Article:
Junior Liz VanderSlice lovingly wrapped a Swiss-made NCAA Championships watch around her left wrist before embarking on another title quest with the Hope College volleyball team.
Chris VanderSlice ’99, her late father and former Flying Dutchmen basketball captain, remains close to her no matter where she travels.
This week, Liz is in Claremont, California, outside of Los Angeles, to compete at the NCAA Division III Championships hosted by Claremont-Mudd-Scripps. It is Liz’s second consecutive trip to the national quarterfinals and her first as a starting outside hitter.
Led by head coach Becky Schmidt, the second-ranked Flying Dutch (30-2) face ninth-ranked Johns Hopkins, Md., University (28-4) on Wednesday, Nov. 29, at 7:30 p.m. Eastern. The match will be streamed on ncaa.com. The winner advances to the national semifinals on Thursday, Nov. 30.
Twenty-five years ago, Chris helped Hope finish national runner-up on the basketball court for the second time in three seasons. He also was a member of the 1996 team that was national runner-up.
“My mom and my sister, we have his two [NCAA Championships] watches. I have this one; it’s a good luck charm,” Liz said of the gold-trimmed, white timepiece with a black band.
Six years ago on October 28, Chris died at the age of 40 following a four-year battle with cancer. The well-liked and well-respected administrator and teacher for Grandville Public Schools was survived by his wife, Tonya, and their daughters, Hannah and Liz.
While memories of his difficult and long fight against cancer and his physical absence today understandably still are painful at times, Liz said she and her family still take inspiration from him.
“If I have a bad game or if Coach tells me to make a correction in practice, I catch myself sometimes saying ‘I can’t’,” Liz said. “Instead, I’m like, I’m not going to think like that; that’s just ingrained in me. He said, ‘You can always find a way to do something.’ I’ve always had an attitude, just like how my dad raised us in our family like no one’s going to tell me what I can and can’t do.
“Not that Coach ever set expectations like that early on, but I was like ‘I’m not going to let someone tell me I can’t play because I know I can,” Liz said. “When I put my mind to something, usually I can make it happen. I have a confidence in my ability.”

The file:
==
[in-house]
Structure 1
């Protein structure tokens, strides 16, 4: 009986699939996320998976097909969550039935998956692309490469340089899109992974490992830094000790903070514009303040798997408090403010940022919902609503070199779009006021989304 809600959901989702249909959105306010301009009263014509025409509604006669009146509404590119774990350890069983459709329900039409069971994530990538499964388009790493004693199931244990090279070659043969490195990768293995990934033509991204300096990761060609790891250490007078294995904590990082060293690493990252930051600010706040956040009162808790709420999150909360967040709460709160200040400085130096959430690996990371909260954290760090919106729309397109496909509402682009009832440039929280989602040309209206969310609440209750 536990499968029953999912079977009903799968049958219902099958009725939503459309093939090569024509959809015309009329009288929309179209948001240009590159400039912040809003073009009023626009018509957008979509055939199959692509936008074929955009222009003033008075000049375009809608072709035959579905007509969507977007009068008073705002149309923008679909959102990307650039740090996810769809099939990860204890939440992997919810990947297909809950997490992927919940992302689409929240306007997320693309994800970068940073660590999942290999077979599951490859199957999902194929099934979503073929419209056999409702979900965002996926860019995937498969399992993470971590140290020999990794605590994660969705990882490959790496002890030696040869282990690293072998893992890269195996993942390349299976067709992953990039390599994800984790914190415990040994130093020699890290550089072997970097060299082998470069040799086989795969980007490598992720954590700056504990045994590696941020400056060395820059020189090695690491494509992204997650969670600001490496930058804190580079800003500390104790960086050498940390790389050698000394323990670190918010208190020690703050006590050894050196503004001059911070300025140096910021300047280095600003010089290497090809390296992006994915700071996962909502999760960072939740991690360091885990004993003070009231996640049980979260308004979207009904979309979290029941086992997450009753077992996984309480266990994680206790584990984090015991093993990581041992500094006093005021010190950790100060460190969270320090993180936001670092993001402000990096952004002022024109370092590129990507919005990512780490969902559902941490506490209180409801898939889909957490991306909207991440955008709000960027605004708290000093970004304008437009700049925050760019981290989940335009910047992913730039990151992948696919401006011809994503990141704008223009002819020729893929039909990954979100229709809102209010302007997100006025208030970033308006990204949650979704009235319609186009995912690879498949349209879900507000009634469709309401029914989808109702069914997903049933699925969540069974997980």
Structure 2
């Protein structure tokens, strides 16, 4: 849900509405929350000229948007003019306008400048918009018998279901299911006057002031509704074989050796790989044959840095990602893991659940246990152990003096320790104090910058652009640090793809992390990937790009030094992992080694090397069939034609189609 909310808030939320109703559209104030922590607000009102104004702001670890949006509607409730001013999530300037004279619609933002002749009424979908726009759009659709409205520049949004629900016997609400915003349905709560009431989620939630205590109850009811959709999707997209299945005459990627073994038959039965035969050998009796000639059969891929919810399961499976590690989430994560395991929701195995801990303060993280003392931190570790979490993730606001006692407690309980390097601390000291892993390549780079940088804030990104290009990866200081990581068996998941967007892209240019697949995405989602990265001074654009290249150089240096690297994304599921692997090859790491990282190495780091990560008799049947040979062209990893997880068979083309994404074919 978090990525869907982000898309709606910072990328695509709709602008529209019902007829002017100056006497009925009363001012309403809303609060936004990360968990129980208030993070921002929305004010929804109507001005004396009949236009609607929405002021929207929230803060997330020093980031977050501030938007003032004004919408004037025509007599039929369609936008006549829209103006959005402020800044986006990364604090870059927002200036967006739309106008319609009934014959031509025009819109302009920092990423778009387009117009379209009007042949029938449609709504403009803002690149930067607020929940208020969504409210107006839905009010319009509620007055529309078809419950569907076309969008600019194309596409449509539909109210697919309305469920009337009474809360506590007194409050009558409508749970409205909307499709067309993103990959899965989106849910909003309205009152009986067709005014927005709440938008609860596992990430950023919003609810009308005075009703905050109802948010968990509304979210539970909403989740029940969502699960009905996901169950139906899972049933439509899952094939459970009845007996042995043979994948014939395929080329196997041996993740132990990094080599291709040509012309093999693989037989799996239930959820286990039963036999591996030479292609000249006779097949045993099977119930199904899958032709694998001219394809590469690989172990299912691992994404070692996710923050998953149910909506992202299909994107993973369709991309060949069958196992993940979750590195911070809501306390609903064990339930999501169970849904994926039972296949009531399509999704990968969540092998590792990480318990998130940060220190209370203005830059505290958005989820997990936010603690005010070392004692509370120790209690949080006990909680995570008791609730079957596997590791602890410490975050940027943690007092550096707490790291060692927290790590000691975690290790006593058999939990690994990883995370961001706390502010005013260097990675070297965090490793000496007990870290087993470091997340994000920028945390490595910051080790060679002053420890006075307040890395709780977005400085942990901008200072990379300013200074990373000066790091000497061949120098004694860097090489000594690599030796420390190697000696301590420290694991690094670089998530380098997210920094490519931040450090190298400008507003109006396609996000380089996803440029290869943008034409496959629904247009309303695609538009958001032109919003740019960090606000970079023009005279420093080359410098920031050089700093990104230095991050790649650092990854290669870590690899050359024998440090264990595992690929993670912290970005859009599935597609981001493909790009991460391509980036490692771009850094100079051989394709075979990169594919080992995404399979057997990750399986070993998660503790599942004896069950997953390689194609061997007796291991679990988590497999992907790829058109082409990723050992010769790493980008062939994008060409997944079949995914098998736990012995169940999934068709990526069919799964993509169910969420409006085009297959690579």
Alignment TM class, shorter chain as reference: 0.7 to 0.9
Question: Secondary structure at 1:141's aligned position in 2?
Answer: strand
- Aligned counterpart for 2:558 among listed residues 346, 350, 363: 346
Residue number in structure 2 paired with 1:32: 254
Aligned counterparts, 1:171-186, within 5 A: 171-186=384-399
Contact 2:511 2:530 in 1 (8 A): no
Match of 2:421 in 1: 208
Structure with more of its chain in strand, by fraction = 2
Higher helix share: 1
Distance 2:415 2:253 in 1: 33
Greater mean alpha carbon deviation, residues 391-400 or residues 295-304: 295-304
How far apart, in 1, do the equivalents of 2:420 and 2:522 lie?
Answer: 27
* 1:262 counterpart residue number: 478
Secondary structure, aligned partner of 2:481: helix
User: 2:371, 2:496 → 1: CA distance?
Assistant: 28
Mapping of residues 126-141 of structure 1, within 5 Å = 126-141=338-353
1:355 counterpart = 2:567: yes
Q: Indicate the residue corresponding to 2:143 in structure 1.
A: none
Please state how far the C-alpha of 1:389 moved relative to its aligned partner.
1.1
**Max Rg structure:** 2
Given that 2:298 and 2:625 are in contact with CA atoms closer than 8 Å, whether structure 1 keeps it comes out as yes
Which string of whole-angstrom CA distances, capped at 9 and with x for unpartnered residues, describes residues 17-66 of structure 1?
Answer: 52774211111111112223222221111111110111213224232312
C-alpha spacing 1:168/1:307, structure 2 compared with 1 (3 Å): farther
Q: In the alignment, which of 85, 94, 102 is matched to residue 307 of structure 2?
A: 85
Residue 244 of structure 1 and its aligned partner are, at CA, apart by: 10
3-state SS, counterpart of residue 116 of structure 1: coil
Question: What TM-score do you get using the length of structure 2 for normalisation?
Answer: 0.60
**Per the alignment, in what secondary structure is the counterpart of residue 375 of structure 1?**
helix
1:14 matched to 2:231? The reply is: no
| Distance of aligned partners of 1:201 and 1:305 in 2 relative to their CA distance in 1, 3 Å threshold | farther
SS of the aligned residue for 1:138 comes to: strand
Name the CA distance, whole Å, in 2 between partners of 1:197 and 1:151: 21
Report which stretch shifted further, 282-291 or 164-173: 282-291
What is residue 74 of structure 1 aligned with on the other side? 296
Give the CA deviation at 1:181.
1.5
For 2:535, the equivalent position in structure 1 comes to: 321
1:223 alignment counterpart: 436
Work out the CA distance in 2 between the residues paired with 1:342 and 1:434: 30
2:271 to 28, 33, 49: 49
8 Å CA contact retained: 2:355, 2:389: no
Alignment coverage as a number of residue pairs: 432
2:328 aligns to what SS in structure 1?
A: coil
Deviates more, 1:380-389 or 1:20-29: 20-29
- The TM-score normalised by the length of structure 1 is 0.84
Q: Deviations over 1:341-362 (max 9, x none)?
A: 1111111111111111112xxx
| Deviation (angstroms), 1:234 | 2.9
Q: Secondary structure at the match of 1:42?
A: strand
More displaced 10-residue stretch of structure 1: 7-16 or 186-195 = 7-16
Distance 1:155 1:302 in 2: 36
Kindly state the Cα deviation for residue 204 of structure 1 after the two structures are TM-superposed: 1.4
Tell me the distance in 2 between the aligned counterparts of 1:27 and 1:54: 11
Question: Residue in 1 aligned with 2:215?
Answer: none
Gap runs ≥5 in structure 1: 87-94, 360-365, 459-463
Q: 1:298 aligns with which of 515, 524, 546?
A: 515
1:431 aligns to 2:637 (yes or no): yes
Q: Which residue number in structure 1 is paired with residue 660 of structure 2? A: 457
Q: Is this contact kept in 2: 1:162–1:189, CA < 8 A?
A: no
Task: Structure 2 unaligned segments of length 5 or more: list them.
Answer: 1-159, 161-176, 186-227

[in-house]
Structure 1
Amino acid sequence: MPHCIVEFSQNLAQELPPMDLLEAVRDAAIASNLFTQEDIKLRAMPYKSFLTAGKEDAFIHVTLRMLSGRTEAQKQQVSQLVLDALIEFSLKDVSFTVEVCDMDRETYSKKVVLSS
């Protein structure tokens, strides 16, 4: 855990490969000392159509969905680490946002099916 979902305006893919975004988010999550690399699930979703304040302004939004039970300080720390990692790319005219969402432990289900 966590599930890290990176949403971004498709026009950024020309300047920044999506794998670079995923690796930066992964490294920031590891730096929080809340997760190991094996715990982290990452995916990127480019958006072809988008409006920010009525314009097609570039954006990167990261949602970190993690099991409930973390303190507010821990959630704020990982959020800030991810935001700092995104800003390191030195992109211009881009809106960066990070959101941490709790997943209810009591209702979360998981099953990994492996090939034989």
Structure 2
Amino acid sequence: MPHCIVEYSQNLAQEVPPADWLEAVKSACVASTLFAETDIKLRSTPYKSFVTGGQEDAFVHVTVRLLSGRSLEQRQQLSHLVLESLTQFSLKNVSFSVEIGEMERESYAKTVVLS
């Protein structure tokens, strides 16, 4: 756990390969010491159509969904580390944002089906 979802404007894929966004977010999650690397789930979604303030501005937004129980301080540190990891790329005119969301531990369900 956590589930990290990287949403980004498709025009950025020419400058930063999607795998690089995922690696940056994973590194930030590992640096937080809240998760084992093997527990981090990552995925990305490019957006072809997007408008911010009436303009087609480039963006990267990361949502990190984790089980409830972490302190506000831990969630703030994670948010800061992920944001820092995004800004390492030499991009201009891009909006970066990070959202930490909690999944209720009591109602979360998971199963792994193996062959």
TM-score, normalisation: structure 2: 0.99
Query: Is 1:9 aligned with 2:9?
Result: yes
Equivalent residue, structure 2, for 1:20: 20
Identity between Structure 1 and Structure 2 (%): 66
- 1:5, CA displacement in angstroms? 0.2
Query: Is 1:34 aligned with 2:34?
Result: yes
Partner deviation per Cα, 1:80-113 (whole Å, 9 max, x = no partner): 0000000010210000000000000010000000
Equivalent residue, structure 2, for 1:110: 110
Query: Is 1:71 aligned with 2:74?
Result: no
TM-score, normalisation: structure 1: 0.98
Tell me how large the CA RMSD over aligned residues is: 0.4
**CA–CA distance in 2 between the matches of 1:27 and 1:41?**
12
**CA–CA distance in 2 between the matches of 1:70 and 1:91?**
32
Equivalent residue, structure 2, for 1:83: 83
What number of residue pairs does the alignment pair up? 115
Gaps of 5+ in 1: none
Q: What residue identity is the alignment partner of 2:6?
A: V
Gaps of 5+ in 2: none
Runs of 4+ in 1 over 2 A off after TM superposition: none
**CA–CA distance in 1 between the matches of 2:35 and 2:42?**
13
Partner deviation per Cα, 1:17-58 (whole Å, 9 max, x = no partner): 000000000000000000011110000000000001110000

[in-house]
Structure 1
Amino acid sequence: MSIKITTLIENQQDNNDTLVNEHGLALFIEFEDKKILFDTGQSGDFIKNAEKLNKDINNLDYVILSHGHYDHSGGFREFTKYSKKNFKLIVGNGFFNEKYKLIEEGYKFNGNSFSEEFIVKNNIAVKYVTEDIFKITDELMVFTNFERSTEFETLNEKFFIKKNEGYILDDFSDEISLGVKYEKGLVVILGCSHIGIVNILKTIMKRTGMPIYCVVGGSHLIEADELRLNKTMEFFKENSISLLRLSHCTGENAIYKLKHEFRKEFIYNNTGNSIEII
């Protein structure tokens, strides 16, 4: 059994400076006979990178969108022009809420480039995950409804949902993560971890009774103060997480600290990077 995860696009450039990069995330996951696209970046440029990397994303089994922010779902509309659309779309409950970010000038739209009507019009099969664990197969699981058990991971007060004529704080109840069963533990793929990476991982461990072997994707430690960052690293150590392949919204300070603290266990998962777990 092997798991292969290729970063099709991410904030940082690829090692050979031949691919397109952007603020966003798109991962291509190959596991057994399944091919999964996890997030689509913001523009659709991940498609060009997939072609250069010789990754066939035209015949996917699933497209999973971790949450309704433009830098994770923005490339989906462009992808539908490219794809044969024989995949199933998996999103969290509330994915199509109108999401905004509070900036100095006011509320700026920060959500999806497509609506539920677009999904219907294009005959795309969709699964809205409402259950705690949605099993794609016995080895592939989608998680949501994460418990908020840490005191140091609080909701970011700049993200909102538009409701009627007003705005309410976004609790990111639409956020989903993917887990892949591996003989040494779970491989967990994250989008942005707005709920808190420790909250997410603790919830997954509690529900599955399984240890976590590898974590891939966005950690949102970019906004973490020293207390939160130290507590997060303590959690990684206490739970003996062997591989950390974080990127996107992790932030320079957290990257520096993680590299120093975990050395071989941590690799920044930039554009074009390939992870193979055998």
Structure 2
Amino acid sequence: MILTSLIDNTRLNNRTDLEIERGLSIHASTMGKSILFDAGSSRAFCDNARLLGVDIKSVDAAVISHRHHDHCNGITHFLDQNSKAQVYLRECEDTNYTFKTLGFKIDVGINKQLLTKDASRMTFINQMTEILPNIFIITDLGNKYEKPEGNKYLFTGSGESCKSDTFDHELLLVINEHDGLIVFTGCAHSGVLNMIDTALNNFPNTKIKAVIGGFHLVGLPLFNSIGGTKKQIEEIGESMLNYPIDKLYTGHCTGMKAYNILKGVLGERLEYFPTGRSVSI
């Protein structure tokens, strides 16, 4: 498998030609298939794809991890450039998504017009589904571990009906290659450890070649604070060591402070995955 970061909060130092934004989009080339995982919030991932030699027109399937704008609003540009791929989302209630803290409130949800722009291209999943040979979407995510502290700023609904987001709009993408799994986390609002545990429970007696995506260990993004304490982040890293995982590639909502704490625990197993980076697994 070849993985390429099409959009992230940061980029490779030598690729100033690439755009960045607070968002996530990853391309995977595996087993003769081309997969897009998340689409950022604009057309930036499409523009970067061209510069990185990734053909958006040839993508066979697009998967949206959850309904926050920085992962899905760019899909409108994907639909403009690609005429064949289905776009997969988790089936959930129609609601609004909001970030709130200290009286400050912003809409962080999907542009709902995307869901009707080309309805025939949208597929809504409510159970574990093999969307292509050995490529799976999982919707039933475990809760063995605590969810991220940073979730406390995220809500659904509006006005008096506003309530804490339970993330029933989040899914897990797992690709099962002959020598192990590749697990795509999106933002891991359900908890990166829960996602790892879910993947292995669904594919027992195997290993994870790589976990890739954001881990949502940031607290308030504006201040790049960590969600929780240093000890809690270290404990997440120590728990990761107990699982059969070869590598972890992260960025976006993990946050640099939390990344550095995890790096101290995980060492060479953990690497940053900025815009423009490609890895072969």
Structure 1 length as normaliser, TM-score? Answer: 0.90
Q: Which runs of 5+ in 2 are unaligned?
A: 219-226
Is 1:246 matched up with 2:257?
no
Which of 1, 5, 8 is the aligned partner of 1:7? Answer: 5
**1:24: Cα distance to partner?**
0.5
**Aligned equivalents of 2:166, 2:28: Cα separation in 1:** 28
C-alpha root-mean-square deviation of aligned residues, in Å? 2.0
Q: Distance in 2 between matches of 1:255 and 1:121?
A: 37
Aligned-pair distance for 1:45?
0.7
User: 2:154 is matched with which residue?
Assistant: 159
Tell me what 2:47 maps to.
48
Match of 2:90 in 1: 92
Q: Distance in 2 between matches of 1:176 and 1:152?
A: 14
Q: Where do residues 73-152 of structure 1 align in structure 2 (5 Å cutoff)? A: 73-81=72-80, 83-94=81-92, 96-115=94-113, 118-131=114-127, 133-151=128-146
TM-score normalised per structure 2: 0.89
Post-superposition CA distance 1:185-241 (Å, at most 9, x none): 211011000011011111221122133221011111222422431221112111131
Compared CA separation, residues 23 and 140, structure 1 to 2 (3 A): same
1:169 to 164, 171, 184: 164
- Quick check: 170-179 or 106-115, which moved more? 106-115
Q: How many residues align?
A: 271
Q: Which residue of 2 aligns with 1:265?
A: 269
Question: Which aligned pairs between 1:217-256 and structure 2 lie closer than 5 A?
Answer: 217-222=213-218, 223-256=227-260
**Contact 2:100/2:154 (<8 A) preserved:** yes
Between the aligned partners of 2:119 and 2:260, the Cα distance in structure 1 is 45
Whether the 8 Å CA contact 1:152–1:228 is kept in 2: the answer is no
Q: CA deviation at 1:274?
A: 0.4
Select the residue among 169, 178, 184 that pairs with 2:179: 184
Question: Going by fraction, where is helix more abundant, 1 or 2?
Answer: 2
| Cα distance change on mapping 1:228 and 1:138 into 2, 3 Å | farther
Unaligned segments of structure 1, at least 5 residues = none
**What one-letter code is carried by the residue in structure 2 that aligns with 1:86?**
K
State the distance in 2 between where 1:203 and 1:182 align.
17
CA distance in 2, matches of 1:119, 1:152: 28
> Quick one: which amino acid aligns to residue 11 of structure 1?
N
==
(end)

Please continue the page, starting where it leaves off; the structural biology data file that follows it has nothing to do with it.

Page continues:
Liz was not invited to play volleyball when she enrolled at Hope after being a three-sport athlete at Grandville High School. She instead joined the track and field team as a freshman.
A year later, Liz visited Coach Schmidt coincidentally on the same day that a roster spot unexpectedly opened up. Liz jumped at the opportunity to play volleyball for the Flying Dutch. She saw limited action as a sophomore, appearing in four matches, for the 2022 Hope team that advanced to the national quarterfinals for the fourth time in program history.
Not satisfied with just being on the team, Liz continued to sharpen her game during spring practice and drew the attention of Hope’s coaching staff.
This season, Liz has blossomed into a full-time regular on the court after an injury to teammate Annie Lockett — a returning honorable-mention All-American, too — opened playing time on the right side.
Supported by extended family, including her mom and sister, Liz has appeared in all 32 games for the Flying Dutch. The 5-10 biomedical/bioelectrical engineering major and future medical salesperson is averaging 1.90 kills per set and ranks fifth on the team.
It is a similar path as Chris, who saw limited action during the Flying Dutchmen’s 1996 tournament run and became a key leader in the team’s 1998 postseason drive.
Today, Liz made herself into the significant contributor she is, Schmidt said.
“This is one of those success stories that I can’t take any credit for. Throughout last season, she kept getting up to speed with the college speed of the game. She didn’t have a big role, then she had to adjust to playing different positions. I think that allowed her to dive in, test her own play and find ways to continue to get better,” Schmidt said. “I give her a ton of credit because she took the initiative to make the most out of every opportunity. She kept pushing.
“Then, she took Dance for Sports with Nicki Flinn [-Culver] in the spring. She gained so much more coordination over her body to the point last spring that we were like ‘She is really hitting the ball hard.’ When Annie [Lockett] went down with a sprained ankle and made a need for another outside position, every time we would put people in competitive battles, she kept stepping up.”
Liz reminded Schmidt of someone she respected while a student-athlete at Hope. While Chris was playing basketball, Schmidt played volleyball for the Flying Dutch before graduating in 1999.
“I think about Chris, too. I didn’t know him that well, but we were classmates,” Schmidt said. “I did watch him play basketball and I could see how gritty he was and how hard he worked: just nose-to-the-grindstone type of athlete he was. I definitely see those same traits in Liz.”
Daughter and father: both finely crafted like a Swiss watch.